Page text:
is opec a monopoly
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Is OPEC a Monopoly in the Global Oil Market?

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OPEC (Organization of the Petroleum Exporting Countries) controls nearly 44 percent of the global oil production. OPEC meets twice a year to decide its output level. Since the output level is pre-decided, higher demand is usually met with higher oil prices. Usually, in most industries, the forces of demand and supply decided the prices and they are also freely determined.

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Since OPEC influences the supply of a large part of the world’s oil production, many people wonder if OPEC a monopoly.

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Source: Pixabay
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Is OPEC a cartel?

According to the Merriam-Webster dictionary, a cartel is “an organization of a few independent producers for the purpose of improving the profitability of the firms involved. This usually involves some restriction of output, control of price, and allocation of market shares.” OPEC was formed to keep oil prices stable, reduce oil price volatility, and adjust the world’s oil supply. 

According to OPEC, its mission “is to coordinate and unify the petroleum policies of its Member Countries and ensure the stabilization of oil markets in order to secure an efficient, economic and regular supply of petroleum to consumers, a steady income to producers and a fair return on capital for those investing in the petroleum industry.”

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OPEC members have maintained that it isn't a cartel. OPEC is an organization with a legal, permanent, and necessary mission. However, most people think that OPEC is a cartel. OPEC controls 44 percent of the world's oil production. Therefore, it can and does exert considerable influence over oil prices by regulating the supply. Lately, due to the arrival of fracking technology in the U.S., OPEC’s influence has decreased considerably.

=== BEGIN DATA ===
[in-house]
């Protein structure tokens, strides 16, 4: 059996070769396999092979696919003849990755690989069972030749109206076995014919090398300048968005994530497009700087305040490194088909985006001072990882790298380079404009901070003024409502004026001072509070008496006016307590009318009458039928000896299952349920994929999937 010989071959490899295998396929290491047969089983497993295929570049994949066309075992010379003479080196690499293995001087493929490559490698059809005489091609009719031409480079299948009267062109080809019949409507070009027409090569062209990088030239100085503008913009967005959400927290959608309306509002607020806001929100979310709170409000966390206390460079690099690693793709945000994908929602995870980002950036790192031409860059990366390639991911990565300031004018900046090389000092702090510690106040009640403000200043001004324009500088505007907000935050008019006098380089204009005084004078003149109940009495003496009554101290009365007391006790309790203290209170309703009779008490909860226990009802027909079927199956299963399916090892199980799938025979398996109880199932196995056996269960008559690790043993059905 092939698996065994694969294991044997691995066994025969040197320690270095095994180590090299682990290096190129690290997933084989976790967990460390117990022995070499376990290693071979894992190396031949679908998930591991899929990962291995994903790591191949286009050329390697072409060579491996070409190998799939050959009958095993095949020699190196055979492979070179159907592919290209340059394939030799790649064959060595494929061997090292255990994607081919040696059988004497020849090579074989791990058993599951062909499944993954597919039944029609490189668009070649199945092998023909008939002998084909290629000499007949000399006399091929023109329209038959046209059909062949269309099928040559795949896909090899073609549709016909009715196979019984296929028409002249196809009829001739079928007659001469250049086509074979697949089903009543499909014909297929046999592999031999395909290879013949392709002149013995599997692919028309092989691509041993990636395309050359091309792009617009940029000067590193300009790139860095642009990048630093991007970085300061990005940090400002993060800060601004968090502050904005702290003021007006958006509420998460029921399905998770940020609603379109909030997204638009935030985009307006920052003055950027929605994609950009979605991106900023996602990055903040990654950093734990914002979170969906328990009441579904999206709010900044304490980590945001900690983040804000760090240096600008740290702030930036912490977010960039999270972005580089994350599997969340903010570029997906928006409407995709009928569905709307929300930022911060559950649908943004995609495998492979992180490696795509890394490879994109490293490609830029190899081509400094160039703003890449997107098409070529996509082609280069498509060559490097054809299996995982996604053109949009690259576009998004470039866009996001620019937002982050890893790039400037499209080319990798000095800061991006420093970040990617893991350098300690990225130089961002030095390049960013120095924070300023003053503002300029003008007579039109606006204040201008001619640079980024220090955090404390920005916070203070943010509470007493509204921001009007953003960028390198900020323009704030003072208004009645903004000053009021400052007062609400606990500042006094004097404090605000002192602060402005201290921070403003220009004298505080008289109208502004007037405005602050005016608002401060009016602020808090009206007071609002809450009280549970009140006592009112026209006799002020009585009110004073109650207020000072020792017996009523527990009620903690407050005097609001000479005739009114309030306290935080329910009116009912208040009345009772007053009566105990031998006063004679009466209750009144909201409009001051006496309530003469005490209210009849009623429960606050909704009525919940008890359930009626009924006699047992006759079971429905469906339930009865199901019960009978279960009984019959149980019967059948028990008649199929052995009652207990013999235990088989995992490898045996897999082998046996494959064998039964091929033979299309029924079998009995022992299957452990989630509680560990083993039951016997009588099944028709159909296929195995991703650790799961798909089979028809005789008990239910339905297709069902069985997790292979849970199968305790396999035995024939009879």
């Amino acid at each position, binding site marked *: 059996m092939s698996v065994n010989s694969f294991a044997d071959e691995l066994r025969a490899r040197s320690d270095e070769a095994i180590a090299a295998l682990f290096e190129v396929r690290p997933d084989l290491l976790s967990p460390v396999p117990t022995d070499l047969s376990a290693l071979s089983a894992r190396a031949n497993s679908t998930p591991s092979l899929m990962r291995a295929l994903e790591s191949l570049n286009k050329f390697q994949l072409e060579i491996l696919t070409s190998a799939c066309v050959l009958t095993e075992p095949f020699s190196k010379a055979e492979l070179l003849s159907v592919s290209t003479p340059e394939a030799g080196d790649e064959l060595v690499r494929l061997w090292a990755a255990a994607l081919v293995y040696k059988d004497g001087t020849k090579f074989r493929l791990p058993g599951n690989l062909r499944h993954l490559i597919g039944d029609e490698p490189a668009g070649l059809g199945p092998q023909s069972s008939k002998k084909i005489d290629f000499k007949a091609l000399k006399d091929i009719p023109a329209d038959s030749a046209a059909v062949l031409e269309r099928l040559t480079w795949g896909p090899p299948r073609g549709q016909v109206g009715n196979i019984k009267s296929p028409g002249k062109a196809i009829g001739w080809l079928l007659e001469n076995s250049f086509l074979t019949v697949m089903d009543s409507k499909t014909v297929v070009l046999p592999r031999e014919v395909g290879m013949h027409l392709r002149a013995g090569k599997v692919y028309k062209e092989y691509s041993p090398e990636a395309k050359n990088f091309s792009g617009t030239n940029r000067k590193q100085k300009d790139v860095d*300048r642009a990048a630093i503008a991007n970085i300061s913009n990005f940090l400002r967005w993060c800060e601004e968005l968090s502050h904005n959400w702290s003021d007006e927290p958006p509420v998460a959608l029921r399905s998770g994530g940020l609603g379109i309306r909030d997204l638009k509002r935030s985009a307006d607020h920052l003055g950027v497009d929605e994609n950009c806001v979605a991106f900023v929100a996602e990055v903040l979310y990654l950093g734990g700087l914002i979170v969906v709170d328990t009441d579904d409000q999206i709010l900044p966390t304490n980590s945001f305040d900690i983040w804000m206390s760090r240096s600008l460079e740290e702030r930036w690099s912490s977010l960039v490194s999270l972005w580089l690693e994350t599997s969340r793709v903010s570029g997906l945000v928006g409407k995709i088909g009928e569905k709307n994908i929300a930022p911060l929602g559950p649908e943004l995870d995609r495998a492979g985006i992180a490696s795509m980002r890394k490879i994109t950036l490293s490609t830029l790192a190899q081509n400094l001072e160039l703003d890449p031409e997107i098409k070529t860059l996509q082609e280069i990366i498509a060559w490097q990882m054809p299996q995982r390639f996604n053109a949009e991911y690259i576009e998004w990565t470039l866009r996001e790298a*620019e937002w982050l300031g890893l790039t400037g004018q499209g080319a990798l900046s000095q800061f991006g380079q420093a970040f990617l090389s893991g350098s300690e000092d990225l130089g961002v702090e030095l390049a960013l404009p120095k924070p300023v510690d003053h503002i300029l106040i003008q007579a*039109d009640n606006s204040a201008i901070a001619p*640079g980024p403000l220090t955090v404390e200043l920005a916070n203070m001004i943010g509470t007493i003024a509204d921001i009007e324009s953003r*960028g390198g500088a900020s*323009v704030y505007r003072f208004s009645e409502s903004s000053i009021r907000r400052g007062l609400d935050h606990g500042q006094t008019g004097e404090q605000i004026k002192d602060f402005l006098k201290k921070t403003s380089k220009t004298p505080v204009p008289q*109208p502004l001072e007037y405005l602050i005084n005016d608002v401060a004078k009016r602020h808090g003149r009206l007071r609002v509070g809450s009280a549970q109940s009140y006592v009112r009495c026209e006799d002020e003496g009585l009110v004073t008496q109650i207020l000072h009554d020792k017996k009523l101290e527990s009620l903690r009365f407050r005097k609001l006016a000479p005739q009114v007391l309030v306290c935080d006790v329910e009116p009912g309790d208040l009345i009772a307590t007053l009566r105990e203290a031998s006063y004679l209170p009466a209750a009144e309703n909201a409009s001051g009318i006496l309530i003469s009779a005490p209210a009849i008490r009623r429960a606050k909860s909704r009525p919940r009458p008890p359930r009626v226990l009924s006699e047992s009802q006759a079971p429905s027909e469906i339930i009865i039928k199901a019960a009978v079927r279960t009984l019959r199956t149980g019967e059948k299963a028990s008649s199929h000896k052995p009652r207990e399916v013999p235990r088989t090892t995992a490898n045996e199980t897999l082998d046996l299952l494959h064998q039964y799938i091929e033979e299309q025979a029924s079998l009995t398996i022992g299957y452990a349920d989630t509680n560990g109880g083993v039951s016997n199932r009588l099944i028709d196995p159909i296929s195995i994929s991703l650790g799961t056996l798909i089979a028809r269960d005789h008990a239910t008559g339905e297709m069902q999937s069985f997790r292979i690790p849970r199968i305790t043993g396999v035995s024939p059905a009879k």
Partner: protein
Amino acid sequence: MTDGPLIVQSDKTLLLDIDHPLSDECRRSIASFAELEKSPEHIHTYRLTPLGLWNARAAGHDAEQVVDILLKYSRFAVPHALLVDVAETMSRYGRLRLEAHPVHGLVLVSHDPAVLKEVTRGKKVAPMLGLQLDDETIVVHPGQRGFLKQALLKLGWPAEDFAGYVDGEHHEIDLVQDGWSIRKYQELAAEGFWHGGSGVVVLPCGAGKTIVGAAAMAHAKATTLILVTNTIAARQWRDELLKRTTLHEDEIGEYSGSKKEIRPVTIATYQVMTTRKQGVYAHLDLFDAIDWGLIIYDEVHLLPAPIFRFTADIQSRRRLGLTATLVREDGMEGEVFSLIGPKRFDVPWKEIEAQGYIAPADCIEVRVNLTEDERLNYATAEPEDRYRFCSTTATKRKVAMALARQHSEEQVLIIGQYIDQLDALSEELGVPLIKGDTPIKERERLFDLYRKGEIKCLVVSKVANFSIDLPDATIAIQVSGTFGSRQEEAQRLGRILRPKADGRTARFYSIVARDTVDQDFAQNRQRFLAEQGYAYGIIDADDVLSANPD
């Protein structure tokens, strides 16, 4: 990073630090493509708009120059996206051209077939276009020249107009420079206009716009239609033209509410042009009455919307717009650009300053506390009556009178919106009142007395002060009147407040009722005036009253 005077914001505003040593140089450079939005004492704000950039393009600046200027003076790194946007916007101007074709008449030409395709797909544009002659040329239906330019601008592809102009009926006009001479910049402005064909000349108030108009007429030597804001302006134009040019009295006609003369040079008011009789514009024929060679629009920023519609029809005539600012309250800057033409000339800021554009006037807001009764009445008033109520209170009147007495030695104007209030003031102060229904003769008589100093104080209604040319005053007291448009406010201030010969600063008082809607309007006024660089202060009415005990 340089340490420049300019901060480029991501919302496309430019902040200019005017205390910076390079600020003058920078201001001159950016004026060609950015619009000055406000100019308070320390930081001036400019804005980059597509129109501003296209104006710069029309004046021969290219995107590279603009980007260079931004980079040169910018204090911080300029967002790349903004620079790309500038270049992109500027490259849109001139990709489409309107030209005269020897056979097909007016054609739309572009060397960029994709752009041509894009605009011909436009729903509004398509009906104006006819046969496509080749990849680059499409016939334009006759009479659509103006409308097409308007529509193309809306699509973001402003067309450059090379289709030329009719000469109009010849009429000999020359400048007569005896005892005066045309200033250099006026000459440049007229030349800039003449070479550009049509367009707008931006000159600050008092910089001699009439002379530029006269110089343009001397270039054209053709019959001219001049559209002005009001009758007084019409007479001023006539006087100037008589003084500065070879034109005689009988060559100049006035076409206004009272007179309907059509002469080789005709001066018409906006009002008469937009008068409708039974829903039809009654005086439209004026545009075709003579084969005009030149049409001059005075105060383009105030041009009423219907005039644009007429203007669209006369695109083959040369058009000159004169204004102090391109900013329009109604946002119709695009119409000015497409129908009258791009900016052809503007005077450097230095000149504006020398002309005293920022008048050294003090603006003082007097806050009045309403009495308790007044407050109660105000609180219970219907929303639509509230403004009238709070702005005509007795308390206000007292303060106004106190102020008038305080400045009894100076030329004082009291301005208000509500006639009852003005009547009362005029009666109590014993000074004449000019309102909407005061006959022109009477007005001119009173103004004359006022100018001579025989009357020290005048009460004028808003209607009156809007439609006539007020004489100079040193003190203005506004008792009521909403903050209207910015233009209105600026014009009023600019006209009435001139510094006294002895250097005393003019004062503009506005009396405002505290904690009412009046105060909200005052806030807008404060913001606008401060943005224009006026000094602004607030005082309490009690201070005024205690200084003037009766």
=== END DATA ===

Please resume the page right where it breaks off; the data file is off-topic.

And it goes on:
Why was OPEC formed?

OPEC was formed in September 1960 in Baghdad by five member countries — Iran, Saudi Arabia, Iraq, Kuwait, and Venezuela. The organization’s main goal was to prevent its members from lowering oil prices, “which they had always specified or posted.” OPEC also wanted to coordinate members’ production and export policies to gain greater control over oil prices. Its policies helped to keep prices elevated initially. However, OPEC's success caused member countries to increase production, which led to a gradual decline in prices. 

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What are the OPEC countries?

OPEC’s membership is open to any nation that's a major oil exporter and shares the organization’s values. Currently, OPEC has 14 active members.

  • Republic of Iran
  • Iraq
  • Kuwait
  • Saudi Arabia
  • Venezuela
  • Libya
  • United Arab Emirates
  • Algeria
  • Nigeria
  • Gabon
  • Angola
  • Equatorial Guinea
  • Congo   
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Who controls OPEC?

Saudi Arabia is OPEC's biggest producer and accounts for nearly one-third of the organization's total oil production. It's the only nation that generates enough oil on its own that it could impact the world’s supply. Therefore, Saudi Arabia has more influence and authority than other member countries. Traditionally, Saudi Arabia has played a dominant role in determining OPEC's overall production and prices. Other major members include Iran, Iraq, Kuwait, and the United Arab Emirates.

Is OPEC good or bad?

OPEC has sought to maintain the global oil supply and keep a certain level of profit for the producers. Generally, OPEC's influence has led to higher oil prices compared to what oil prices would have been in a perfectly competitive market. Gradually, OPEC's influence has started to fade.  

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First, the individual OPEC members didn't always agree about the supply cuts mandated by the organization. The supply cuts would have led to lower revenues for OPEC members. Supply cuts have led to less competitive oil prices. After the advances in hydraulic fracturing or fracking, the U.S. energy industry has accessed vast amounts of oil and natural gas, which has reduced OPEC's influence on global oil prices. 

Due to OPEC’s policies, its members and oil companies enjoyed higher profits, which led to higher prices for consumers. However, with OPEC’s reduced influence, oil prices are more or less determined by market forces of supply and demand, which is in-line with other industries. 

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